FAQ
Holy mackerel! I just read a good portion of PEP 287
http://www.python.org/peps/pep-0287.html and it seems
clear to me that I should be able to put reStructured
text right into my docstrings and then read them nicely
rendered with the pydoc command.

Is it a foregone conclusion that this functionality
will soon be built into standard Python?

If so, how long until that happens? What sticking points
are we currently facing?

I took a brief look at the docutils page. Is it possible
that the project has bitten off more than it can chew? That
is, it looks like they're building a very general tool,
whereas Python may simply need to have pydoc properly render
ReST in docstrings so I can run "pydoc some_module" and
get some nice manpage-style (perldoc style) documentation
right there in my terminal.

Thanks,
---John


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  • David Goodger at Mar 7, 2006 at 3:19 am
    [John M. Gabriele]
    Holy mackerel! I just read a good portion of PEP 287
    http://www.python.org/peps/pep-0287.html and it seems
    clear to me that I should be able to put reStructured
    text right into my docstrings and then read them nicely
    rendered with the pydoc command.
    (note: it's spelled "reStructuredText", all one word,
    abbreviated reST or ReST or RST, but not REST)
    Is it a foregone conclusion that this functionality
    will soon be built into standard Python?
    No. PEP stands for "Python Enhancement *Proposal*", and PEP 287 is
    still "State: Draft".
    What sticking points are we currently facing?
    Completion of the necessary features, especially the Docutils PySource
    Reader.
    I took a brief look at the docutils page. Is it possible
    that the project has bitten off more than it can chew?
    It's an ambitious project, certainly. What's the point if it's not a
    challenge? (0.5 ;-) Many lesser attempts have fallen by the wayside.
    Docutils has had a lot of success so far.
    That is, it looks like they're building a very general tool,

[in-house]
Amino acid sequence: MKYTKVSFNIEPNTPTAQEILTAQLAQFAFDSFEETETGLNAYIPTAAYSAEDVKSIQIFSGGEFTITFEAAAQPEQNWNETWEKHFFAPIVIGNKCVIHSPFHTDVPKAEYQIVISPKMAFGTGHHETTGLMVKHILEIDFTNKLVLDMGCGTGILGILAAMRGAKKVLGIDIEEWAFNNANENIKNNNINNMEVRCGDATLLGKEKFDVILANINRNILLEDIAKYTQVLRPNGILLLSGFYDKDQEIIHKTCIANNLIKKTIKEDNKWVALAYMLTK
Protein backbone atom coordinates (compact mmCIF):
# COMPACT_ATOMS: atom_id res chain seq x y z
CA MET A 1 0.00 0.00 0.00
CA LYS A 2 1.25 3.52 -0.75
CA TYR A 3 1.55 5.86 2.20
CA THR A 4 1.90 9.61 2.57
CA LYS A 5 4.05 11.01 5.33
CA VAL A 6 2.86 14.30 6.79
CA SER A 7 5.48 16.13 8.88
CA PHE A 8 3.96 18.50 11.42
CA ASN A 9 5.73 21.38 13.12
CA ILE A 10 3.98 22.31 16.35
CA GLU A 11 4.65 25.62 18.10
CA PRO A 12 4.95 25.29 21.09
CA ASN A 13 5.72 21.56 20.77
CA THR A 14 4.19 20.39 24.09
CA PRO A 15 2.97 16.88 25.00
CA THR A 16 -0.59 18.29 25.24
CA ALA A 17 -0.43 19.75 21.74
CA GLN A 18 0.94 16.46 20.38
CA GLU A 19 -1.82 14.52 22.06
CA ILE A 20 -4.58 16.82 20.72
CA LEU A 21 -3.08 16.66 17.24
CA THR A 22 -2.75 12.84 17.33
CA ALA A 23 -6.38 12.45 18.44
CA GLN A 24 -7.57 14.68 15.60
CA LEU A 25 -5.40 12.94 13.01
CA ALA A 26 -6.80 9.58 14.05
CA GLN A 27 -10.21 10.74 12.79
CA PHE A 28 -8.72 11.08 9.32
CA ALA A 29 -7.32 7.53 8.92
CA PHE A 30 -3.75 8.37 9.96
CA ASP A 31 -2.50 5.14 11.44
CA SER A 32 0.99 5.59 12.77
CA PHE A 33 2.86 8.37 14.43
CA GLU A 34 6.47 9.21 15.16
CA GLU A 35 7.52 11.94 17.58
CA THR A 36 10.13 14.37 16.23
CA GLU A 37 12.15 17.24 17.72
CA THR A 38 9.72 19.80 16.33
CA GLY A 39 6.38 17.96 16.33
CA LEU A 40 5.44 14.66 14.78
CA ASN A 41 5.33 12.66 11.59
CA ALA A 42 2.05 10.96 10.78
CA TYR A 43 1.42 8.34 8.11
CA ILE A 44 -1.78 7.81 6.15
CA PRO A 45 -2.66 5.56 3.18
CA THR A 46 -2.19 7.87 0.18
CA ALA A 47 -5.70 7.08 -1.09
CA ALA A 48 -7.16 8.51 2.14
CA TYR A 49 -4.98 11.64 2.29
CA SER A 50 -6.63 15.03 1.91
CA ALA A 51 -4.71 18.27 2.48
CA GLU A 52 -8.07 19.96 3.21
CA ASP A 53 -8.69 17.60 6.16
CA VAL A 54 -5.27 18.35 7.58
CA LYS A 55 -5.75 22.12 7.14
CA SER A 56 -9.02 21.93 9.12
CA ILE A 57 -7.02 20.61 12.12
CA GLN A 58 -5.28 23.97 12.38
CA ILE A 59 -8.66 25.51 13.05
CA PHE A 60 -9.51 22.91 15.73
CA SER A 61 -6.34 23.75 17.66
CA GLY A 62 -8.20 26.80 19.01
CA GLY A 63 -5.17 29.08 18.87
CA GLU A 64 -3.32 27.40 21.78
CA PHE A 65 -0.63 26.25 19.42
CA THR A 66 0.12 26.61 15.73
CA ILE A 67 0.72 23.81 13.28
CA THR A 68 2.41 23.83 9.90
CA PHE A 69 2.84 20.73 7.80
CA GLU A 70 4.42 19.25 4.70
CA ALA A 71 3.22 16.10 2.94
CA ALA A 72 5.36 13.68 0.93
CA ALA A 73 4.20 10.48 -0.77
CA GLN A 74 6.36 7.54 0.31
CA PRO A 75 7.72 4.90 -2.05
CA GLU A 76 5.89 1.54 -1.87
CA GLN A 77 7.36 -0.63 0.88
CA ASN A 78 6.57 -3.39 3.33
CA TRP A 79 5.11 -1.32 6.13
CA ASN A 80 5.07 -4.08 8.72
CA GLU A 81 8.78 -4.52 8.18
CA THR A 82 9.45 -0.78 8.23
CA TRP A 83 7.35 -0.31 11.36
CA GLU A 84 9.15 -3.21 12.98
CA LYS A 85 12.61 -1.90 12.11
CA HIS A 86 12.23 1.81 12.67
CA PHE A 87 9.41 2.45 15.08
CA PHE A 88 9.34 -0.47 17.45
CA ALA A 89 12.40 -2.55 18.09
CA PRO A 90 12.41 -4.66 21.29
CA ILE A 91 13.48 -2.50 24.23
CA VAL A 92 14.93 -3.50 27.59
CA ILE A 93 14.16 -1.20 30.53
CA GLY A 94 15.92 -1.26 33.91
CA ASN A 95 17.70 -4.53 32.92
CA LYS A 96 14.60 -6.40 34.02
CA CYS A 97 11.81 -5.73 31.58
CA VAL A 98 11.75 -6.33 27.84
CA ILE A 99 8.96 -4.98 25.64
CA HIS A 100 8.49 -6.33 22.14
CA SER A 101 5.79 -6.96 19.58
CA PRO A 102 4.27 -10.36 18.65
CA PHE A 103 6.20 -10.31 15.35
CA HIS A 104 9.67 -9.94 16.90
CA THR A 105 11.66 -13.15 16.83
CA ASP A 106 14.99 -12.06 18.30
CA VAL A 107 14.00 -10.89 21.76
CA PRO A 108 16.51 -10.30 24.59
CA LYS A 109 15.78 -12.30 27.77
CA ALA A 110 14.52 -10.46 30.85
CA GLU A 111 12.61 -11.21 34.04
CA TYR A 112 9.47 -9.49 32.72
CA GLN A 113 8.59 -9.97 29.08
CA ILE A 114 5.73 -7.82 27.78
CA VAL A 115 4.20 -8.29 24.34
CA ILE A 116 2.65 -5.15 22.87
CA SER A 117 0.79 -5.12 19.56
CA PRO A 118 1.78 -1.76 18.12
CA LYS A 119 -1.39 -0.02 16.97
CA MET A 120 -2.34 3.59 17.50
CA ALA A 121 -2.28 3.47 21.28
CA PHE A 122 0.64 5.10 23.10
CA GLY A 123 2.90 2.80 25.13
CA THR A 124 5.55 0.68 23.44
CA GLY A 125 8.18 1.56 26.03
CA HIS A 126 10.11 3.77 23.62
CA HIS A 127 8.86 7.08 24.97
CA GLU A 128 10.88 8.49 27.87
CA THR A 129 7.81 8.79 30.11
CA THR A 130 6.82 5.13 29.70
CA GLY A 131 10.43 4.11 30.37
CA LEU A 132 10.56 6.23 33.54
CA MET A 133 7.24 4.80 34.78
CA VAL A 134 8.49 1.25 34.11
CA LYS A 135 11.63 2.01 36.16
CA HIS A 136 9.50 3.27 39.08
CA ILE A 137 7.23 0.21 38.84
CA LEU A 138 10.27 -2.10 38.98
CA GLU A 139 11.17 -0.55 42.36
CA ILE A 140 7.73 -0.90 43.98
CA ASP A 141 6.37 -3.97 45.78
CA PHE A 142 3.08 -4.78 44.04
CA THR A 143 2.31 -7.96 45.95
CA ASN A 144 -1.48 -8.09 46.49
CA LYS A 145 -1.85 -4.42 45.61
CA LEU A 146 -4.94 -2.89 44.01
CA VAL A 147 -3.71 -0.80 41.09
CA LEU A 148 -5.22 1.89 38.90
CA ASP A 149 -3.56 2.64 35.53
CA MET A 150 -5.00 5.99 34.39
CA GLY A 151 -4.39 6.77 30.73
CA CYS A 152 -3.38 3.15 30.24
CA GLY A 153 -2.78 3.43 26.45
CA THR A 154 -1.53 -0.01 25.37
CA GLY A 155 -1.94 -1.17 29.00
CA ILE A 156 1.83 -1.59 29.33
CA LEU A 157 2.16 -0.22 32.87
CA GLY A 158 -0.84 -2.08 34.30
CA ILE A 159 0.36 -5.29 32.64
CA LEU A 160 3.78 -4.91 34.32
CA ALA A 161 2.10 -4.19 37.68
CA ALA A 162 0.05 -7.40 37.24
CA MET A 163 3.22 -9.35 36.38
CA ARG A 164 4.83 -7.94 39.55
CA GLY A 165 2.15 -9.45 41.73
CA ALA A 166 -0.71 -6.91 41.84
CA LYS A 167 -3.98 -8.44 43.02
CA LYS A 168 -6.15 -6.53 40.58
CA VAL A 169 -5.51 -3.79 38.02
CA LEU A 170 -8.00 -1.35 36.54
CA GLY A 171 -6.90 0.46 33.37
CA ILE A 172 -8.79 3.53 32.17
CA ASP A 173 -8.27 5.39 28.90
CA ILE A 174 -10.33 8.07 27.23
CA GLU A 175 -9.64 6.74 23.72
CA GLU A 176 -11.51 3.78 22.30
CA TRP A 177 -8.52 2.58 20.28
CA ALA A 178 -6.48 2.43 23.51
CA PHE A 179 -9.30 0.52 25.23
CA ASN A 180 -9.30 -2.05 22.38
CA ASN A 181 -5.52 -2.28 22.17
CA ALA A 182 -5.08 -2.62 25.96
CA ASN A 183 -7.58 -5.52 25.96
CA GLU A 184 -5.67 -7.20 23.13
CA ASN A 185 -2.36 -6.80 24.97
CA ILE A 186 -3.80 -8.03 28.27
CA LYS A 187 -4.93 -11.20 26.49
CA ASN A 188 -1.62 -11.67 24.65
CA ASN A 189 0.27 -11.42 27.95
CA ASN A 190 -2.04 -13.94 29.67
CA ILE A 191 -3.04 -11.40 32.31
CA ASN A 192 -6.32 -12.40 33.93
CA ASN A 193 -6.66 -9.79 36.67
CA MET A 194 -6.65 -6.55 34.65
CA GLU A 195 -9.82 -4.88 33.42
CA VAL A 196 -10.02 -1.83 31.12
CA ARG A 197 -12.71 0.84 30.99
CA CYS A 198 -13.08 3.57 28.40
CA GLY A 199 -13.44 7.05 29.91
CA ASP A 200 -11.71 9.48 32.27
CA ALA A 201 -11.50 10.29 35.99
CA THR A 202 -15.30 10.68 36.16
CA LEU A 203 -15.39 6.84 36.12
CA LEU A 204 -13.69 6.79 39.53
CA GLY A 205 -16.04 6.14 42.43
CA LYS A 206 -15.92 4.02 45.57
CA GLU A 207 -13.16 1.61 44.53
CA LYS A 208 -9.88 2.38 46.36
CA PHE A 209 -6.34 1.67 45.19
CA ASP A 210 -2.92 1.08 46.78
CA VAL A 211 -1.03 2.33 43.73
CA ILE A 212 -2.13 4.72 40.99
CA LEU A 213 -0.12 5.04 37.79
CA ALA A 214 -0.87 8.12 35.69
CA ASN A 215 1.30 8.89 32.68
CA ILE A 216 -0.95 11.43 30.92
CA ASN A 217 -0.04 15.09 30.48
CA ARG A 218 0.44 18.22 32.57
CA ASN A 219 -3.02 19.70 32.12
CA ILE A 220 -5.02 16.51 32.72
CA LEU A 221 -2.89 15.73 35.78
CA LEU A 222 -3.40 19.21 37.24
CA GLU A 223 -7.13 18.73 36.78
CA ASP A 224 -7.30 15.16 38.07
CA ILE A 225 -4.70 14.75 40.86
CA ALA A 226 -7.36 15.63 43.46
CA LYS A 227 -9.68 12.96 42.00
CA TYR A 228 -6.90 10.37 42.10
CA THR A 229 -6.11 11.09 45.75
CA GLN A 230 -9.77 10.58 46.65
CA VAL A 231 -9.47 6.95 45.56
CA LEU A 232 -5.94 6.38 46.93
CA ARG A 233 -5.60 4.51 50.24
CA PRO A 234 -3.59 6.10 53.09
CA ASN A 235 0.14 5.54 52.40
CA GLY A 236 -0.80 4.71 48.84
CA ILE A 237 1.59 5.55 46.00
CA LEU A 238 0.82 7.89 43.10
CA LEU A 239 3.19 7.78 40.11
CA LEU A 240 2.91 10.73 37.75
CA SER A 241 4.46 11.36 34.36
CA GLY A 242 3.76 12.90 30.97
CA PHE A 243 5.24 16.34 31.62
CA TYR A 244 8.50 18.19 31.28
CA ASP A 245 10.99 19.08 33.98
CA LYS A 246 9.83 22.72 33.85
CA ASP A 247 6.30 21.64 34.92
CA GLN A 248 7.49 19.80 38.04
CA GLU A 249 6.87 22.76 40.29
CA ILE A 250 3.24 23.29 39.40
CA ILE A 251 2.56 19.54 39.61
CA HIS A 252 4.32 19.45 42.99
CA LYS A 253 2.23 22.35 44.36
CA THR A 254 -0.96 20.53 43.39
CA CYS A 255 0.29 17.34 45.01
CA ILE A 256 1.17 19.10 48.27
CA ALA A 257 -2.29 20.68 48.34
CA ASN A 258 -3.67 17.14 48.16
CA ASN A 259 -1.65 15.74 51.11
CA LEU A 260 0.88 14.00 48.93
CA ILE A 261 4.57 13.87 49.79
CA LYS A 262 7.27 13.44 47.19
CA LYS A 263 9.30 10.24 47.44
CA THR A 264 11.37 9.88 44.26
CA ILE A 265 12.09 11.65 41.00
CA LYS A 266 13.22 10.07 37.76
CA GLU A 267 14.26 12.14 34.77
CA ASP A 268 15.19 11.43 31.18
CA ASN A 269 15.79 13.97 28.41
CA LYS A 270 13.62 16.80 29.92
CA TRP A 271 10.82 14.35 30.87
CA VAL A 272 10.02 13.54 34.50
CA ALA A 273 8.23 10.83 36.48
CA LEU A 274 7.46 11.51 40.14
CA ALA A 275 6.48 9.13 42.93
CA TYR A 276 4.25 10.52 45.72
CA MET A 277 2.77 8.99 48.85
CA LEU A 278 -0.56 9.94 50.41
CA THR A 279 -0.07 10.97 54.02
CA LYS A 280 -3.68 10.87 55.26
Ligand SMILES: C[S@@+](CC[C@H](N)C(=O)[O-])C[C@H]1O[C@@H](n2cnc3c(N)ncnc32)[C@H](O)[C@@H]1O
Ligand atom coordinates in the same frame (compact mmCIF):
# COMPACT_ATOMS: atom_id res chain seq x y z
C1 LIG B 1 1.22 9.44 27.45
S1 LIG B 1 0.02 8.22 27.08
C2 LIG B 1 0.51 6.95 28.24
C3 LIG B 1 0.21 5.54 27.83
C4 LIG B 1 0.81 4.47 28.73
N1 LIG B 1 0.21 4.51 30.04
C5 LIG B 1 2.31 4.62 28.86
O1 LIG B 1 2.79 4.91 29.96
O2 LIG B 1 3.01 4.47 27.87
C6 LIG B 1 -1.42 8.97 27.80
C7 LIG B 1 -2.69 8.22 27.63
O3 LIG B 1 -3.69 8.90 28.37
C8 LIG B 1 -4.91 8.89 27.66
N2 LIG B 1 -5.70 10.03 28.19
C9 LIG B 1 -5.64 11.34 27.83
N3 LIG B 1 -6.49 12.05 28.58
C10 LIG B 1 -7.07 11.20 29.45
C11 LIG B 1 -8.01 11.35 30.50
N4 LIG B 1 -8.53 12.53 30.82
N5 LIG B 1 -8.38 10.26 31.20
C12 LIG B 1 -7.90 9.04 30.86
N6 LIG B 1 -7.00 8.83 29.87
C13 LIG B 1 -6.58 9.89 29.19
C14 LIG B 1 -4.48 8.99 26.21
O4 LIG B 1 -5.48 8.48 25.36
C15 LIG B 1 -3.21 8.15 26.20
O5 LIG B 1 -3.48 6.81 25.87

whereas Python may simply need to have pydoc properly render
    ReST in docstrings so I can run "pydoc some_module" and
    get some nice manpage-style (perldoc style) documentation
    right there in my terminal.
    Such tools already exist, such as Epydoc, Pudge, and Endo. Simply
    rendering reST is easy. Adding hyperlinks and the correct context is
    the challenge. Doing it without importing the code you're documenting
    is important too.

    Read PEP 258, especially the "Python Source Reader" section for more
    on the vision behind the tool *I* want, and that I'll build
    (eventually) if no one beats me to it. (Note: I haven't taken a good
    look at Pudge or Endo yet; they may have already done the hard
    lifting.)

    --
    David Goodger <http://python.net/~goodger>

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  • Nicola Larosa at Mar 7, 2006 at 7:21 am

    That is, it looks like they're building a very general tool,
    whereas Python may simply need to have pydoc properly render
    ReST in docstrings so I can run "pydoc some_module" and
    get some nice manpage-style (perldoc style) documentation
    right there in my terminal.
    Such tools already exist, such as Epydoc, Pudge, and Endo. Simply
    rendering reST is easy. Adding hyperlinks and the correct context is
    the challenge. Doing it without importing the code you're documenting
    is important too.
    For reference:

    Epydoc
    http://epydoc.sourceforge.net/

    Pudge
    http://pudge.lesscode.org/

    Endo (part of the Enthought Tool Suite)
    http://code.enthought.com/ets/

    Did not know about this, thanks David.

    There's also docextractor:

    http://codespeak.net/svn/user/mwh/docextractor/trunk/

    API docs
    http://radeex.blogspot.com/2006/02/api-docs.html

    --
    Nicola Larosa - http://www.tekNico.net/

    It will always be true that people that drive slower than me are morons,
    and people that drive faster than me are idiots. :)
    -- Matthew Carlisle on Slashdot, December 2005
  • Fredrik Lundh at Mar 7, 2006 at 8:18 am

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